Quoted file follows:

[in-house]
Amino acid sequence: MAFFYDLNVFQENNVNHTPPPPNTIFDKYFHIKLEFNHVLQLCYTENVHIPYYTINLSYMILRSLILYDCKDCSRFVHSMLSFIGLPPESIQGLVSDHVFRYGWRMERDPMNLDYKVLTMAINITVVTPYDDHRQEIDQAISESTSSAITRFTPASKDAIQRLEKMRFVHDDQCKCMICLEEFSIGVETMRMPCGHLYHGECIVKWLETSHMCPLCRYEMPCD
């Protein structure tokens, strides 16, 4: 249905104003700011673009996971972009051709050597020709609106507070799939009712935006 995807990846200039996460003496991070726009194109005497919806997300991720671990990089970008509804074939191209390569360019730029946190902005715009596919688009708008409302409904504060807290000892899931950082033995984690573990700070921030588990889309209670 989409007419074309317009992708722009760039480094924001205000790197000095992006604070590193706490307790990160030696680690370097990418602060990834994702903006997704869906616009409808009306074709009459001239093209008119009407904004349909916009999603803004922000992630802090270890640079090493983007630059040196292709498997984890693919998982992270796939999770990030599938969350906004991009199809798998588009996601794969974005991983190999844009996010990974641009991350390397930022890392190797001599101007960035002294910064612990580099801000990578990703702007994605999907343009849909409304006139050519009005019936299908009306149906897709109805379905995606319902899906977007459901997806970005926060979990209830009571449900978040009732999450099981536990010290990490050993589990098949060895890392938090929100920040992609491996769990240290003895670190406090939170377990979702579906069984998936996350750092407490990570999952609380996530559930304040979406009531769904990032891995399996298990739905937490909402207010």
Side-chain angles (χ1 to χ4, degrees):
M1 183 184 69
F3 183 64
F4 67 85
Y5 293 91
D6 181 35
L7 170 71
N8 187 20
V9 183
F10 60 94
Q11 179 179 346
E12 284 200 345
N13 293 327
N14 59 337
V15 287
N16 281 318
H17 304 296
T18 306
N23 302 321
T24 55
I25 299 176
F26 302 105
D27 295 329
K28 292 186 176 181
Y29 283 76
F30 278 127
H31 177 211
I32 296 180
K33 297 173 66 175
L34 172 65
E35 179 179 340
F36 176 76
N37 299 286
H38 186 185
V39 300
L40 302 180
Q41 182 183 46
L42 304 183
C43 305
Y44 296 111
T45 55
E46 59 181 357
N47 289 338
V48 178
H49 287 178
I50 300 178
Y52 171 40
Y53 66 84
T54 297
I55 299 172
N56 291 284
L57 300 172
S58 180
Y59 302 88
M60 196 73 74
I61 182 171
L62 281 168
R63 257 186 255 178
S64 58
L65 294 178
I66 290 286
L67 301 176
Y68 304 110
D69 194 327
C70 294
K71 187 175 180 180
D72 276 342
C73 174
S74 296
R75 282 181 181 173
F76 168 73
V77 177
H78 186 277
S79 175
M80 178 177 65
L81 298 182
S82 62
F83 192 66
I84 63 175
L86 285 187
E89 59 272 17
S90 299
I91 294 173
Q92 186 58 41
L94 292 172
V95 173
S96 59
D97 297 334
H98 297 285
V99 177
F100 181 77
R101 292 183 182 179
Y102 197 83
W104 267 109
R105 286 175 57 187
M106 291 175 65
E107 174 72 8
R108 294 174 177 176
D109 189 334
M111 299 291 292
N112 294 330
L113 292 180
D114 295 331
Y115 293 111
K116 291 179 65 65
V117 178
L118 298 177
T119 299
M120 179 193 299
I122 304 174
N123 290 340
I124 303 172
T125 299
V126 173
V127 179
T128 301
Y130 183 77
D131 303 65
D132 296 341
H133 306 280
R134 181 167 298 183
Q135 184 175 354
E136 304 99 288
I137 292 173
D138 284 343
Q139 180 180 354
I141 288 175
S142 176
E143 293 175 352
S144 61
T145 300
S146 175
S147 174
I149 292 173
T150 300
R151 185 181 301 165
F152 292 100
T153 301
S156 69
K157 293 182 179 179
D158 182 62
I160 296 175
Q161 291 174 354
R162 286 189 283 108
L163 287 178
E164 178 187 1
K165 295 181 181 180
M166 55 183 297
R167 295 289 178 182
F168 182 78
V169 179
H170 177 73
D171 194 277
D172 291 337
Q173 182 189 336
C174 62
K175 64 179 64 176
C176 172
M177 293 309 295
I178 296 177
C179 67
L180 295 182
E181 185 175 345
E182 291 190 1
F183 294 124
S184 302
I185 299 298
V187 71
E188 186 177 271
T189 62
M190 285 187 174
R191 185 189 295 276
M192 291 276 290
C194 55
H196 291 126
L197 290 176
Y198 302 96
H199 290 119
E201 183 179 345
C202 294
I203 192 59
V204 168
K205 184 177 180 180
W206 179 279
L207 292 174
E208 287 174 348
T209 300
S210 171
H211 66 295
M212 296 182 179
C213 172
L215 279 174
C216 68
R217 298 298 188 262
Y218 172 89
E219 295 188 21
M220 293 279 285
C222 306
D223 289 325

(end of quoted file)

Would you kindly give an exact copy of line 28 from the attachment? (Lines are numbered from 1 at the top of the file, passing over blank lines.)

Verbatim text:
Y29 283 76